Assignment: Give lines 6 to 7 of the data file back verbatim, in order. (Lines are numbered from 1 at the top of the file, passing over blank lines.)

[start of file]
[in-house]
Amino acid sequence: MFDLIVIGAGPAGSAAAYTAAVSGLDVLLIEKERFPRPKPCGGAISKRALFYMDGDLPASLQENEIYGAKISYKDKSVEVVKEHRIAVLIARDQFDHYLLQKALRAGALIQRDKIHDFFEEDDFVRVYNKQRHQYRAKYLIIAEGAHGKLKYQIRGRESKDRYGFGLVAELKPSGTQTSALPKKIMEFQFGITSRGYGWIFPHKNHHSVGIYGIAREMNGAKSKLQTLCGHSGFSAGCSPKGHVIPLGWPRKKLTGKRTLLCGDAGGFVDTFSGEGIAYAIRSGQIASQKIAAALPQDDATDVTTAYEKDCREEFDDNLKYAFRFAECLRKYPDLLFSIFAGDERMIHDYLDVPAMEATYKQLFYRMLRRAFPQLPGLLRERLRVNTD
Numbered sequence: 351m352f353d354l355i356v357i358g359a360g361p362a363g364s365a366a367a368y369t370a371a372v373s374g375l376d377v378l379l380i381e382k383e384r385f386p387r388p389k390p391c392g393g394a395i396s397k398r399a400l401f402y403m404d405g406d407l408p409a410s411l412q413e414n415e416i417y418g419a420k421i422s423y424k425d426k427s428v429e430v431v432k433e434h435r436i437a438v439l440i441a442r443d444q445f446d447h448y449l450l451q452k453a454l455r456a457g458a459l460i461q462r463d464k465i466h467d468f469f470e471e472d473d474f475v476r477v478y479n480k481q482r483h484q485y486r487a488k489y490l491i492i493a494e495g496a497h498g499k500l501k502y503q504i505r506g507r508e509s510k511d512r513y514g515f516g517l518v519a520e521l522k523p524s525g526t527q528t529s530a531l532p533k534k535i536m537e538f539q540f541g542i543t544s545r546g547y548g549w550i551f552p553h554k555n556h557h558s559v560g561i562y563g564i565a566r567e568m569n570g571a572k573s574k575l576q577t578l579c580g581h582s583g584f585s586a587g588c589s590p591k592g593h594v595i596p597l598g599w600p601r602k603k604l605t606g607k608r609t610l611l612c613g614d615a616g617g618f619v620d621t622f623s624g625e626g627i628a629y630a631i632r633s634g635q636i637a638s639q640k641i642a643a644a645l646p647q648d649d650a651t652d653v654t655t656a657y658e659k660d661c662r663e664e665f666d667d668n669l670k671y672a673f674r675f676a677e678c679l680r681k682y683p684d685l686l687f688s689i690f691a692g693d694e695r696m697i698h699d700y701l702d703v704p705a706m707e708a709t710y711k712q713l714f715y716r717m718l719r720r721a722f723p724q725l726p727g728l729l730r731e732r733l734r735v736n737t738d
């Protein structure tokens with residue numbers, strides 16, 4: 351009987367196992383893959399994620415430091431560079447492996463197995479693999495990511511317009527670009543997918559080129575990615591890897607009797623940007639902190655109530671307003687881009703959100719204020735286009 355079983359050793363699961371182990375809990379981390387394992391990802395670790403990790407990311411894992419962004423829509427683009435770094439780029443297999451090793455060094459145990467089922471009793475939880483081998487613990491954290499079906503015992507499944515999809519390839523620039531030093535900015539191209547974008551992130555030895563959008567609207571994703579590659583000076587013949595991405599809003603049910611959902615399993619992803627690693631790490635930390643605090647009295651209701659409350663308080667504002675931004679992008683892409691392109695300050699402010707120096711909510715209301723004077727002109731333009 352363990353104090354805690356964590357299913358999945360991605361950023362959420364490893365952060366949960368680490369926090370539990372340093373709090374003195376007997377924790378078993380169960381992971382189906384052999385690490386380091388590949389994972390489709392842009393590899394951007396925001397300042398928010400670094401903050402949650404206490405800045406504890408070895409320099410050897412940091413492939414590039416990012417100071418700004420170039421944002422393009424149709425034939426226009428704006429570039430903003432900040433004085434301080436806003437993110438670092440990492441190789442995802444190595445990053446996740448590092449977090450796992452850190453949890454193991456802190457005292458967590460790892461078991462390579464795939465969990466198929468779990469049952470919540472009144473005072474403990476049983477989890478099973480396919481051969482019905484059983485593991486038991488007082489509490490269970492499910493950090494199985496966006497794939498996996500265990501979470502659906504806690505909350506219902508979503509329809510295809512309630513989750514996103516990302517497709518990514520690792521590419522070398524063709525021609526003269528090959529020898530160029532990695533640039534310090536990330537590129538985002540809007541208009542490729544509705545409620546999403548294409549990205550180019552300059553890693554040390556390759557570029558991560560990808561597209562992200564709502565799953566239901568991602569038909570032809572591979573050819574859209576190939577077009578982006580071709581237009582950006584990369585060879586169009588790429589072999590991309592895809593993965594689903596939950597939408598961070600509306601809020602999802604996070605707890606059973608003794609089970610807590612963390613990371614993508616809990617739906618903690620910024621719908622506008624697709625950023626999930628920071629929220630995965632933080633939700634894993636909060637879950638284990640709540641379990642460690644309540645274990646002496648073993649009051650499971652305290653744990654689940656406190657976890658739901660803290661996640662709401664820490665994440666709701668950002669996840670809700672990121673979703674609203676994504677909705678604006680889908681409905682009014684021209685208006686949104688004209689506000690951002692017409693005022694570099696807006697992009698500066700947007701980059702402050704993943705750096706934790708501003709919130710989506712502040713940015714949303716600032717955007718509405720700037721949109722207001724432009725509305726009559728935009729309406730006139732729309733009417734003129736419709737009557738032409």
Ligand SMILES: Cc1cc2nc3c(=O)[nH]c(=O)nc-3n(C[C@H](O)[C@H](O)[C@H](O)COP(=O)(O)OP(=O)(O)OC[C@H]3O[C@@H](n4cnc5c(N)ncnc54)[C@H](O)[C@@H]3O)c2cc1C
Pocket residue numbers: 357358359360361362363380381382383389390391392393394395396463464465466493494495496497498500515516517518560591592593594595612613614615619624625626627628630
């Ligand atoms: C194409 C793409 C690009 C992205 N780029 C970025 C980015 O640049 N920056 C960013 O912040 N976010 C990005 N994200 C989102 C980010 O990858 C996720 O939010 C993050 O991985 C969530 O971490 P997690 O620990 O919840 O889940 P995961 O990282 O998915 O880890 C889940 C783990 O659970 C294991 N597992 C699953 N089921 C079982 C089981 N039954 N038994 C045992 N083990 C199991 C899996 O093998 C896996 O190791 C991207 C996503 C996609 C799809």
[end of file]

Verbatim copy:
Pocket residue numbers: 357358359360361362363380381382383389390391392393394395396463464465466493494495496497498500515516517518560591592593594595612613614615619624625626627628630
């Ligand atoms: C194409 C793409 C690009 C992205 N780029 C970025 C980015 O640049 N920056 C960013 O912040 N976010 C990005 N994200 C989102 C980010 O990858 C996720 O939010 C993050 O991985 C969530 O971490 P997690 O620990 O919840 O889940 P995961 O990282 O998915 O880890 C889940 C783990 O659970 C294991 N597992 C699953 N089921 C079982 C089981 N039954 N038994 C045992 N083990 C199991 C899996 O093998 C896996 O190791 C991207 C996503 C996609 C799809």